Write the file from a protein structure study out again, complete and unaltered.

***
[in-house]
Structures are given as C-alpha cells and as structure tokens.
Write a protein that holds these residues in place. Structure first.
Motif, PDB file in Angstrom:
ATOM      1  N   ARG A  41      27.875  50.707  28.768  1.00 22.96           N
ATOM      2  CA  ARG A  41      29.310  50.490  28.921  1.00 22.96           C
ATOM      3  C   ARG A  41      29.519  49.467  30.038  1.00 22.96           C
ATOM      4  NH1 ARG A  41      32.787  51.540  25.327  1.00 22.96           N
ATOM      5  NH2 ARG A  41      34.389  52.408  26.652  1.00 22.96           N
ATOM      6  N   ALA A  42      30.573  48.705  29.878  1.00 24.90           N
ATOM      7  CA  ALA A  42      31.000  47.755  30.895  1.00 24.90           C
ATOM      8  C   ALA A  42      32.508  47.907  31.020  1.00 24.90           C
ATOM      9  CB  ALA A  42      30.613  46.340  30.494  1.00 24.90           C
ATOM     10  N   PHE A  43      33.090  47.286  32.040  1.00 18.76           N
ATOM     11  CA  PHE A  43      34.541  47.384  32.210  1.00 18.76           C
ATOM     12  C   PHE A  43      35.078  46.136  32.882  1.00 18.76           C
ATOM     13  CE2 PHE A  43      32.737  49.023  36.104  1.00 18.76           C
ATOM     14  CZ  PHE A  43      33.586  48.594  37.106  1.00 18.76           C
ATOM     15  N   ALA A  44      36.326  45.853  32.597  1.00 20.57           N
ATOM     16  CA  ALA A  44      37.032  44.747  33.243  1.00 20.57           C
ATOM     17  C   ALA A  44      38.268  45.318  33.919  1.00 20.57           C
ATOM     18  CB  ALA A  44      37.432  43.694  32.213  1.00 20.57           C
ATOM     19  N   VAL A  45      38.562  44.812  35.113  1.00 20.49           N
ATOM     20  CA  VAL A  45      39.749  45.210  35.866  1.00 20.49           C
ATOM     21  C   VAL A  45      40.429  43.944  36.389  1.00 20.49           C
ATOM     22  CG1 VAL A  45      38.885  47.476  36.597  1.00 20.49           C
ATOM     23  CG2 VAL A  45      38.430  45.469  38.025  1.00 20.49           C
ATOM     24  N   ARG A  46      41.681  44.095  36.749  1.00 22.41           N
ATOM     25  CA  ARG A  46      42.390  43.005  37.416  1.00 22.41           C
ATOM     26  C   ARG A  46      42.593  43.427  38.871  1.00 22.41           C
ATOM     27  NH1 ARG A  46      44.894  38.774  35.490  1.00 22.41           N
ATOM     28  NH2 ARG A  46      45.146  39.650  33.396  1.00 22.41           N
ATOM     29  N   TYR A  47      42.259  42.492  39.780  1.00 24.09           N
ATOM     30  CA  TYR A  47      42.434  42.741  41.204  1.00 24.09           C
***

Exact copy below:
[in-house]
Structures are given as C-alpha cells and as structure tokens.
Write a protein that holds these residues in place. Structure first.
Motif, PDB file in Angstrom:
ATOM      1  N   ARG A  41      27.875  50.707  28.768  1.00 22.96           N
ATOM      2  CA  ARG A  41      29.310  50.490  28.921  1.00 22.96           C
ATOM      3  C   ARG A  41      29.519  49.467  30.038  1.00 22.96           C
ATOM      4  NH1 ARG A  41      32.787  51.540  25.327  1.00 22.96           N
ATOM      5  NH2 ARG A  41      34.389  52.408  26.652  1.00 22.96           N
ATOM      6  N   ALA A  42      30.573  48.705  29.878  1.00 24.90           N
ATOM      7  CA  ALA A  42      31.000  47.755  30.895  1.00 24.90           C
ATOM      8  C   ALA A  42      32.508  47.907  31.020  1.00 24.90           C
ATOM      9  CB  ALA A  42      30.613  46.340  30.494  1.00 24.90           C
ATOM     10  N   PHE A  43      33.090  47.286  32.040  1.00 18.76           N
ATOM     11  CA  PHE A  43      34.541  47.384  32.210  1.00 18.76           C
ATOM     12  C   PHE A  43      35.078  46.136  32.882  1.00 18.76           C
ATOM     13  CE2 PHE A  43      32.737  49.023  36.104  1.00 18.76           C
ATOM     14  CZ  PHE A  43      33.586  48.594  37.106  1.00 18.76           C
ATOM     15  N   ALA A  44      36.326  45.853  32.597  1.00 20.57           N
ATOM     16  CA  ALA A  44      37.032  44.747  33.243  1.00 20.57           C
ATOM     17  C   ALA A  44      38.268  45.318  33.919  1.00 20.57           C
ATOM     18  CB  ALA A  44      37.432  43.694  32.213  1.00 20.57           C
ATOM     19  N   VAL A  45      38.562  44.812  35.113  1.00 20.49           N
ATOM     20  CA  VAL A  45      39.749  45.210  35.866  1.00 20.49           C
ATOM     21  C   VAL A  45      40.429  43.944  36.389  1.00 20.49           C
ATOM     22  CG1 VAL A  45      38.885  47.476  36.597  1.00 20.49           C
ATOM     23  CG2 VAL A  45      38.430  45.469  38.025  1.00 20.49           C
ATOM     24  N   ARG A  46      41.681  44.095  36.749  1.00 22.41           N
ATOM     25  CA  ARG A  46      42.390  43.005  37.416  1.00 22.41           C
ATOM     26  C   ARG A  46      42.593  43.427  38.871  1.00 22.41           C
ATOM     27  NH1 ARG A  46      44.894  38.774  35.490  1.00 22.41           N
ATOM     28  NH2 ARG A  46      45.146  39.650  33.396  1.00 22.41           N
ATOM     29  N   TYR A  47      42.259  42.492  39.780  1.00 24.09           N
ATOM     30  CA  TYR A  47      42.434  42.741  41.204  1.00 24.09           C